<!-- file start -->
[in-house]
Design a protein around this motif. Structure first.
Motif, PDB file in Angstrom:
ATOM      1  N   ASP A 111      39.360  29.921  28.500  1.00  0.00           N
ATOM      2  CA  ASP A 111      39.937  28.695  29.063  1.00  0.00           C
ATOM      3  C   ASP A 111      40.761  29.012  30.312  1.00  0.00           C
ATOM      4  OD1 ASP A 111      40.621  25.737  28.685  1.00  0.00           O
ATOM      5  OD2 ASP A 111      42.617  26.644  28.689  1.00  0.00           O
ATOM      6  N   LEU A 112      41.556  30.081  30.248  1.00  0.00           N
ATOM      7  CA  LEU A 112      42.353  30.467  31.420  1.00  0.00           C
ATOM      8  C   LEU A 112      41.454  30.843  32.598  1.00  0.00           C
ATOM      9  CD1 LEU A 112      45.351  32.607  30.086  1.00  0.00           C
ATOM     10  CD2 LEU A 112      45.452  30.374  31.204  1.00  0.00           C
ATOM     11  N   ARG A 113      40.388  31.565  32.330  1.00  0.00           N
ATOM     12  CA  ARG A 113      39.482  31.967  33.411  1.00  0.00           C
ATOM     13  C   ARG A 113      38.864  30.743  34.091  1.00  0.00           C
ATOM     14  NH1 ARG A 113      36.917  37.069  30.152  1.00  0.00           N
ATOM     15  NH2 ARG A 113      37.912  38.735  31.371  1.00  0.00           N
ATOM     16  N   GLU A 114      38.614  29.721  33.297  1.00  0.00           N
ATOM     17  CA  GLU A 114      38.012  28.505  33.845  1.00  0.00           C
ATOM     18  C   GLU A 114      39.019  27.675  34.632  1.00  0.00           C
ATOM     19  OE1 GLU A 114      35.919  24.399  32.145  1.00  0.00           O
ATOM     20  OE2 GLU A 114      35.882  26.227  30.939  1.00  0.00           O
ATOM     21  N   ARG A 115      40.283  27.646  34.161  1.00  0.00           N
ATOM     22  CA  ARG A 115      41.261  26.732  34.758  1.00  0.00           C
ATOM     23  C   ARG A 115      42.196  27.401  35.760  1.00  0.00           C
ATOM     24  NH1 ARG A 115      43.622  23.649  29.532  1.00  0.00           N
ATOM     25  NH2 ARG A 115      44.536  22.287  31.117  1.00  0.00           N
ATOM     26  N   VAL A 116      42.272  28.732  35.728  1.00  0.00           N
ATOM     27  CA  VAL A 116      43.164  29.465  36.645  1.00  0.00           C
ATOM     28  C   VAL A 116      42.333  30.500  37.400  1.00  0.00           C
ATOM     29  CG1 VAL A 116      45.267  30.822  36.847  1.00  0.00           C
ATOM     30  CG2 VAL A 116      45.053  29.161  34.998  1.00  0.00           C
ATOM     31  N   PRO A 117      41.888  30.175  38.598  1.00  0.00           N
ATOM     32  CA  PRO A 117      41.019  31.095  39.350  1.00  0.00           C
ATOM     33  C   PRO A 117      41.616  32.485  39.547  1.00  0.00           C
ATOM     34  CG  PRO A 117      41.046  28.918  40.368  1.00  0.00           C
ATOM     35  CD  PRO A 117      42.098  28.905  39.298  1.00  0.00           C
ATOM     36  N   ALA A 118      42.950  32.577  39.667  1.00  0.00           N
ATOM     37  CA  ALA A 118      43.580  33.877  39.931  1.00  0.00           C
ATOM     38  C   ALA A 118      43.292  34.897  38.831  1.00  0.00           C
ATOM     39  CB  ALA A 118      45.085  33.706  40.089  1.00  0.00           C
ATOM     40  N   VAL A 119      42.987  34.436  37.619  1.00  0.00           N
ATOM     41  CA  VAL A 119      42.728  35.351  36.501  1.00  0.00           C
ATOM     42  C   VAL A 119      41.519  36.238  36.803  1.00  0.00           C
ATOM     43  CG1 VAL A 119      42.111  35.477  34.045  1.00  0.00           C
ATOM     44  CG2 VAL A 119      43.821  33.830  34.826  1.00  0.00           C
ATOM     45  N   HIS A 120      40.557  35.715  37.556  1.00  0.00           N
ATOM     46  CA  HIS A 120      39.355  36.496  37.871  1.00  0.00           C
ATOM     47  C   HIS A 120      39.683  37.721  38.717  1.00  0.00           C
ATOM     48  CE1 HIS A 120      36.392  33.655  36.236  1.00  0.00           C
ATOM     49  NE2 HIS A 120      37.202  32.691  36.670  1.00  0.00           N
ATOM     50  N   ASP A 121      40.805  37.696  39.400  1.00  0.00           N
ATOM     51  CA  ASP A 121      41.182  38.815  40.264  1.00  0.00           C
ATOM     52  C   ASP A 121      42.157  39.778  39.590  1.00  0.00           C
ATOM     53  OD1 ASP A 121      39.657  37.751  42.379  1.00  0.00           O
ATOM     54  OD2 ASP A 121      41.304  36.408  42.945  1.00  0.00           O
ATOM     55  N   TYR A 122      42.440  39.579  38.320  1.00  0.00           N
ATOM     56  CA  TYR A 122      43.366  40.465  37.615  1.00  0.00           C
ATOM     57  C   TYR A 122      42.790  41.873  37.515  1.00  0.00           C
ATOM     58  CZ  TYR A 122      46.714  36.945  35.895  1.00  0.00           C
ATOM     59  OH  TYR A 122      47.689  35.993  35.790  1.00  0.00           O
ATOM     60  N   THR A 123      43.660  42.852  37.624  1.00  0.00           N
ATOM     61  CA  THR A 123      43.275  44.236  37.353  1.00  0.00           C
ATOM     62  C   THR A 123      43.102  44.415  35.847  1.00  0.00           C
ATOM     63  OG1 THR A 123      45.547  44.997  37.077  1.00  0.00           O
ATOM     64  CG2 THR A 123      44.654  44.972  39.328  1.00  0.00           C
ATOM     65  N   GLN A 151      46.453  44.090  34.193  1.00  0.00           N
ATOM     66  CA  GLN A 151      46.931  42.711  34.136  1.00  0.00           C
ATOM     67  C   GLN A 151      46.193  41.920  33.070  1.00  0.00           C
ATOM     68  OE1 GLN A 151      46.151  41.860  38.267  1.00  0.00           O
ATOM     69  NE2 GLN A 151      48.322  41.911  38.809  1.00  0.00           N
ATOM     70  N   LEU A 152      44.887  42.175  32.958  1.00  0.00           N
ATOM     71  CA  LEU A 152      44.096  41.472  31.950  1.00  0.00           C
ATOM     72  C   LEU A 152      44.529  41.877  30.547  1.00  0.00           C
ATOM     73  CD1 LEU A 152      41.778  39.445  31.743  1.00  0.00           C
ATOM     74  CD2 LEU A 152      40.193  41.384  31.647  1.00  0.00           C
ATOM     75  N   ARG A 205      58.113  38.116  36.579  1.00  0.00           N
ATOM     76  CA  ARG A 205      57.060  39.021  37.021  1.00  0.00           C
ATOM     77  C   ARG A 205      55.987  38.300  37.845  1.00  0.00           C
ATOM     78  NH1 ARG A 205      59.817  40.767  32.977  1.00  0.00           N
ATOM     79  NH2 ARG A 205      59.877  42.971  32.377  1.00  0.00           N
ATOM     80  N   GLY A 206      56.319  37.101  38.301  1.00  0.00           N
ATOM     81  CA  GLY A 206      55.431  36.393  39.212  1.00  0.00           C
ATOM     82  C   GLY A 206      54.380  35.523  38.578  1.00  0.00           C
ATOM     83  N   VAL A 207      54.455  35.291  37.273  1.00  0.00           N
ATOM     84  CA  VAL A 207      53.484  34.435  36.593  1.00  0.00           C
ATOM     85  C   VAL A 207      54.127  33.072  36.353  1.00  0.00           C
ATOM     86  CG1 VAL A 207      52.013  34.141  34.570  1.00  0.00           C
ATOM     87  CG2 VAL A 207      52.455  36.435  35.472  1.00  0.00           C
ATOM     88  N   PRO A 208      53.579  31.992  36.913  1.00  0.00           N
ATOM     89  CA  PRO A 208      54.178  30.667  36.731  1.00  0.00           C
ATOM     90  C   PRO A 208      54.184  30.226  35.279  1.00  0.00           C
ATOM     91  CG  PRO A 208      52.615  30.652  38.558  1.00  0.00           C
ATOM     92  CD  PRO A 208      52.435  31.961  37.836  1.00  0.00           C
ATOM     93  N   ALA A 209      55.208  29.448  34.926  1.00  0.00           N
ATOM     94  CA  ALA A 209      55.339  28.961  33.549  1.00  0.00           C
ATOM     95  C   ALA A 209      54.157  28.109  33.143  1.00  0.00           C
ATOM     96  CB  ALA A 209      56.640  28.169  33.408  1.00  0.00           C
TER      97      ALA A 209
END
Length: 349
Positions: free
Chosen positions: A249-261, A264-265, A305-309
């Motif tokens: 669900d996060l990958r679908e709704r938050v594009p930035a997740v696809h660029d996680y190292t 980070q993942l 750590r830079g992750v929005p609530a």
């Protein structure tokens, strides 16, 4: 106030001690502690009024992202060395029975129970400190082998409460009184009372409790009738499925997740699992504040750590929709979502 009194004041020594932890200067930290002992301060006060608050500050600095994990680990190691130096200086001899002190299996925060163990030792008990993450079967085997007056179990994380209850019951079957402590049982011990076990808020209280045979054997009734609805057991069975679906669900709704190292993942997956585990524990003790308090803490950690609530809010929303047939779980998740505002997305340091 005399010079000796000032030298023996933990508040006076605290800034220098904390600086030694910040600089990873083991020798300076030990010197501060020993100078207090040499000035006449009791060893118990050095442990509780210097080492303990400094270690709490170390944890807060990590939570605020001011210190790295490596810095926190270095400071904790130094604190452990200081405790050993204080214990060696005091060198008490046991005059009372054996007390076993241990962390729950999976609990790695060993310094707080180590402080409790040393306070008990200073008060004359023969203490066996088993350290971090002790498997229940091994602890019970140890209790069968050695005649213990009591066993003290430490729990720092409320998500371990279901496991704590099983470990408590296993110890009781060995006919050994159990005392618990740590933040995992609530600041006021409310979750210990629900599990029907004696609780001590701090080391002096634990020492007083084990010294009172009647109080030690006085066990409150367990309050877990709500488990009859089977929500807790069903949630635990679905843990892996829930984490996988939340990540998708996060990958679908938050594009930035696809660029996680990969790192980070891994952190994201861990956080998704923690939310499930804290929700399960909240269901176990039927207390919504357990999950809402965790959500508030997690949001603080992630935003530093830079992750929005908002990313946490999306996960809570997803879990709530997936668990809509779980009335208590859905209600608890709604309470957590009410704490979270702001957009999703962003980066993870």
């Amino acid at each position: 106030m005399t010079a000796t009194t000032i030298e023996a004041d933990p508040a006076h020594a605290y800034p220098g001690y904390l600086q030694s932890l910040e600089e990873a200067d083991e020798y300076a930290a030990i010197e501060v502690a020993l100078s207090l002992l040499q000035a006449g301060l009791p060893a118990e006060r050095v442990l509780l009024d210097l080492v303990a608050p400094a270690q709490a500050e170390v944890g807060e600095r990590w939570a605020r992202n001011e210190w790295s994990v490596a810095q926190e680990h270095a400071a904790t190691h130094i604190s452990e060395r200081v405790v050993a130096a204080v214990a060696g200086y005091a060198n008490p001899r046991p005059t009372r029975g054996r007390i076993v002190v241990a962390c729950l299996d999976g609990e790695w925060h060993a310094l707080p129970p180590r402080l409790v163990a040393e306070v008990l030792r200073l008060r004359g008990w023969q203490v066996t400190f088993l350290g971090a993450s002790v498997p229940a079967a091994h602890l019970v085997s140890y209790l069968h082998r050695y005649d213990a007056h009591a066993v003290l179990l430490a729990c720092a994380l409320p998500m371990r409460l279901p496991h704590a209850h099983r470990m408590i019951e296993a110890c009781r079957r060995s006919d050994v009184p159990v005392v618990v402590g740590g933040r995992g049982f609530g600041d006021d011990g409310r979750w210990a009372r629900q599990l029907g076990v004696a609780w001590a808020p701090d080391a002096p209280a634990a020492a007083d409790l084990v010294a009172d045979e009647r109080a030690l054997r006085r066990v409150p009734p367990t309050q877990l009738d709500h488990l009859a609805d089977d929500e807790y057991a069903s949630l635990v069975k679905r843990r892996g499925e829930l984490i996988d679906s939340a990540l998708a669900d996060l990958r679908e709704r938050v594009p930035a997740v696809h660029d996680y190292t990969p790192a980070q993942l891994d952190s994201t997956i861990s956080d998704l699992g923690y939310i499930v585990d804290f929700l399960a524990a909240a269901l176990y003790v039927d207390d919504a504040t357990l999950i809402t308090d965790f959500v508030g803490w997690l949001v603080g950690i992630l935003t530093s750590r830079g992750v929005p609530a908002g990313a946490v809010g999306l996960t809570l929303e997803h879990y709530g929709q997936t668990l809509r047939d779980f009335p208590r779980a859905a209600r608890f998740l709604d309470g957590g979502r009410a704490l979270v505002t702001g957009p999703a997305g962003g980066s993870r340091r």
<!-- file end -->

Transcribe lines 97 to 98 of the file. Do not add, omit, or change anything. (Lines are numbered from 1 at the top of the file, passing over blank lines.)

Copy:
ATOM     94  CA  ALA A 209      55.339  28.961  33.549  1.00  0.00           C
ATOM     95  C   ALA A 209      54.157  28.109  33.143  1.00  0.00           C